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This was the story I submitted as the 'entertaining piece' of coursework for my English Language 'A'-Level exam many years ago. I really don't understand how I could have done well enough to warrant a B grade.
It doesn't really do much other than highlight just how badly I used to write. Whilst 'A Soul on Fire' was deliberately written without dialogue as an experiment in atmosphere, somehow I seem to have forgotten dialogue entirely in this story and it is sorely lacking. I don't seem to have understood just what paragraphs are for and the whole thing seems very rushed. I've often felt that my short stories are claustrophobic and condensed, in a somewhat Conradian way, but this one is just way too short. Hopefully I've learned something since I wrote this.
Possibly worst of all, there are a couple of points that blatantly contradict others, even though I remember actually frequently revising the piece. All in all, it feels like something Ed Wood might have filmed, which is a fun thought but hardly a resounding recommendation.
At least I was playing with some fun ideas back then, however badly, which must stand for something. And shouldn't everyone's earliest surviving story be a Lovecraftian pastiche, with a touch of Philip K Dick to boot?
Before I begin this record, I urge you to remember back to a time when you were young: in all probability you would have created for yourself creatures to help you wile away the routine monotony of everyday life. If you were of the fairer sex, these imaginary companions would, no doubt, have been fairies or pixies, or small amiable animals such as mice or rabbits. Had you been a boy, you may have conjured up more horrific monsters to hide beneath your bed, such as devils or demons or other Lovecraftian terrors from the twilight zone.
I conjured up no such creatures; I had no need to do so as I had the good fortune to have continued access to a monster that was not imaginary but real, and who had no other companion save myself.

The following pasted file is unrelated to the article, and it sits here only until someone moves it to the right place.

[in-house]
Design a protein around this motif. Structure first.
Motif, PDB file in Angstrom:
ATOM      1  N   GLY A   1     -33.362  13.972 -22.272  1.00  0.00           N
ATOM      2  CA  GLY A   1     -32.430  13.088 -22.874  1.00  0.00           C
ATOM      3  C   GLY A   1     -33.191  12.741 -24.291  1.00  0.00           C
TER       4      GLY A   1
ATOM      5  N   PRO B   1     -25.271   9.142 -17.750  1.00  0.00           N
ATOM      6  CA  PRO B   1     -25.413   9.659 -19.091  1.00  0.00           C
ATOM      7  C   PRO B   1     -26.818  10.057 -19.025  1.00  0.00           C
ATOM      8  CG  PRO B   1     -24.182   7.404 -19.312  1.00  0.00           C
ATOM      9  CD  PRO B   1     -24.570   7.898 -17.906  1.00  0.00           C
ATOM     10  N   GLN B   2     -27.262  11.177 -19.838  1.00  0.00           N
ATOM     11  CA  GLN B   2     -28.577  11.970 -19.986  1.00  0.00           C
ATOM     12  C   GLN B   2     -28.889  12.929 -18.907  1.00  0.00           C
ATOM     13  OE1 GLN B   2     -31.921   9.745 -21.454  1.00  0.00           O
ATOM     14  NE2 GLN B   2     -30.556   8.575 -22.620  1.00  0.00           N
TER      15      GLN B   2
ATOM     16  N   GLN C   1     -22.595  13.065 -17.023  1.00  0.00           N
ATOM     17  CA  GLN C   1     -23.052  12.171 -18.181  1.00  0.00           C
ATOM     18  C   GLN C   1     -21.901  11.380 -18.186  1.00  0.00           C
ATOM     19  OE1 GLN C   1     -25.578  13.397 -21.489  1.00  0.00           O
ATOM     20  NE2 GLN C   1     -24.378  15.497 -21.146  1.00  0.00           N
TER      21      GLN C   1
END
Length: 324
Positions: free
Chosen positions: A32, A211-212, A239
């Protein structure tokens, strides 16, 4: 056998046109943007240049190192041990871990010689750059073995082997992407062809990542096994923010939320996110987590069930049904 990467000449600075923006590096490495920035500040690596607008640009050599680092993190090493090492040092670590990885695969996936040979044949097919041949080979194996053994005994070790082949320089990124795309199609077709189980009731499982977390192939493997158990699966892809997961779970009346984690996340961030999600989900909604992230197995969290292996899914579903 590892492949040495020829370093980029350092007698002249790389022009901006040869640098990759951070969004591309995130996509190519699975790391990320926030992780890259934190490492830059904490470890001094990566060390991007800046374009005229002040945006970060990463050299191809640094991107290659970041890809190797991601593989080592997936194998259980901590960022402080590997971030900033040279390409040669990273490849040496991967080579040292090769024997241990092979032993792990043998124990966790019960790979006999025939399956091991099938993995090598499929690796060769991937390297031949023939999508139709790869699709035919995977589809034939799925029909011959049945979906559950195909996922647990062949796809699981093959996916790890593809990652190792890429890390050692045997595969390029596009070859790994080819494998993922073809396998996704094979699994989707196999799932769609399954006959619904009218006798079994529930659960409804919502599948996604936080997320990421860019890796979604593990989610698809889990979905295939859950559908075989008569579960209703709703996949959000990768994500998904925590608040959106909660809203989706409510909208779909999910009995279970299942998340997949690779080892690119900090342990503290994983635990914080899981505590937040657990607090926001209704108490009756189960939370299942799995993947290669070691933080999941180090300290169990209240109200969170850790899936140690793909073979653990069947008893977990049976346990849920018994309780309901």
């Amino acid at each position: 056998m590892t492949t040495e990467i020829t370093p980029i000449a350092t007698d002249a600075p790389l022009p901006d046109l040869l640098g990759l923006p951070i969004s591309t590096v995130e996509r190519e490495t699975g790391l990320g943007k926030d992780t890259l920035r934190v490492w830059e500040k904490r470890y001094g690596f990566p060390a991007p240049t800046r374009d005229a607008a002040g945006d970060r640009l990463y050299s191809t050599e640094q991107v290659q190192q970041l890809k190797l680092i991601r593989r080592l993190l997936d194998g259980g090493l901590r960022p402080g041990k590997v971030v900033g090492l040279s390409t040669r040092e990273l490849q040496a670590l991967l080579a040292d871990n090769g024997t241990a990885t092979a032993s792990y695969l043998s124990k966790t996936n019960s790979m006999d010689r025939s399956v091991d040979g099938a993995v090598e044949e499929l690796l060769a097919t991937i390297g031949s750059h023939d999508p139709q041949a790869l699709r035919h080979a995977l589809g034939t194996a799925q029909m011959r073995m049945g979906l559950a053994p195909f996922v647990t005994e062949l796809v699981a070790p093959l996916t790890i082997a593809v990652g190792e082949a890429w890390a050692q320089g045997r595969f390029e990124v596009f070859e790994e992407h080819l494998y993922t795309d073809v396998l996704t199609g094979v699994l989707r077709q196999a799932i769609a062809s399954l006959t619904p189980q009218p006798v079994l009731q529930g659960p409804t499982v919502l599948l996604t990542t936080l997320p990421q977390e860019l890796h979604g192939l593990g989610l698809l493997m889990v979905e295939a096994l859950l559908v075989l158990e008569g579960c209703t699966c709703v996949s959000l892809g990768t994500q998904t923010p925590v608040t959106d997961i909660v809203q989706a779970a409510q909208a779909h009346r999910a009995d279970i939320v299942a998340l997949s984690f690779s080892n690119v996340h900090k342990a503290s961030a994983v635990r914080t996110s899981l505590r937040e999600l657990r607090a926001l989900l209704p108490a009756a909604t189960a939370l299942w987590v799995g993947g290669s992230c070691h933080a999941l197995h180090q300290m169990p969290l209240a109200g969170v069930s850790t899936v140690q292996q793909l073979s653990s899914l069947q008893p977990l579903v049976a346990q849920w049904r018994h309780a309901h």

But perhaps I should begin at the beginning, for the tale I am about to unfold is a strange one and should be told in its entirety.
It all began when I was but twelve years of age and I had taken refuge, from a party of my father's, in the library. I spent a great deal of my life here, as I had come to prefer my own company to that of anybody else.
The library was hidden from the rest of the house, and I was sure that nobody else but me knew of its existence. It was incredibly stocked with a wealth of books on almost every possible subject, many in exhaustive detail. I had come to be intrigued by the occult, mainly due to the grotesque illustrations that accompanied the texts.
It was in one particularly heavy occult volume that I discovered my great-great-grandfather's diary. I read it eagerly and discovered a passage giving me details of a cavern that I found I had to visit to verify the weird tale that I had read.
I jumped at the very first opportunity to mount my expedition and I soon found myself at the edge of the cavern, mere miles from my home.
I could not see all the way to the bottom of the pit; in fact I could not see even a foot into its depth, as great clouds of green steam belched out only to dissipate at the cavern's mouth. I read the appropriate passage from the diary and soon heard a harsh voice emerge from the pit.
I talked with the creature for many hours and the sun had dipped below the horizon long before I finally set out for home, my curiosity temporarily satiated.
However, I soon discovered that once I had spoken to this creature, nothing could quench my thirst to know more. I continued, time permitting, to read occult works in the library by day, and by night I visited my newfound companion and talked until the sun rose.
The creature had apparently been deprived of age, imprisoned in a deep fissure in the crust of a planet in its early stages of infancy. Though the cavern changed its shape often as ice ages came and went and the elements beat time into its walls, some macabre force prevented it from complete annihilation, and it formed the perfect prison cell for the creature.
It needed no nourishment and little exercise; it was not impervious to extremes of temperature, but they formed no more than maddening annoyances. It simply seemed designed to survive.
The creature proved to be an expert in the field of history, both of its own planet and of mine. I had been naive enough to have thought that I was the first person beside my ancestor to ever talk to the creature. In fact, it had conversed with many humans over the years of its imprisonment. Most of our conversations were about history. It told me about his world, which I discovered was in a separate dimension or universe to mine (the terminology confused me), and I told it about mine.
There were two different feelings that I felt continually and that grew as time passed. One was that I felt unnerved whenever I was near the chasm; only on my very first visit had I not felt this - curiosity must have overcome the feeling. The other was one of annoyance. The creature had become a constant companion and a good friend to me; I felt it had been unjustly sentenced, that it was incapable of committing any crime, that I should help it escape.